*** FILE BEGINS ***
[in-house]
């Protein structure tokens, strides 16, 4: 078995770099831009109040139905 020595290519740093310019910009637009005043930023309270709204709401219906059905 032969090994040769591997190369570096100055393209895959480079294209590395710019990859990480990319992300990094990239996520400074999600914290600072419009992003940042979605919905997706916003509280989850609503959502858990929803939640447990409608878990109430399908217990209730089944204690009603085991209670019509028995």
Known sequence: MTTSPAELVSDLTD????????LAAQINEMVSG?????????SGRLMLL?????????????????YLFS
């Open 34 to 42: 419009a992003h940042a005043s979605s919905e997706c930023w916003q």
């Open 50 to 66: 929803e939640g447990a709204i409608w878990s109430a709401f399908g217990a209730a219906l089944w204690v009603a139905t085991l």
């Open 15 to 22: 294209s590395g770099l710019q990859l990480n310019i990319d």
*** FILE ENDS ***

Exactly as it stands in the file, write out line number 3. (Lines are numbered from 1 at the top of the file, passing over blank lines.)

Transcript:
Known sequence: MTTSPAELVSDLTD????????LAAQINEMVSG?????????SGRLMLL?????????????????YLFS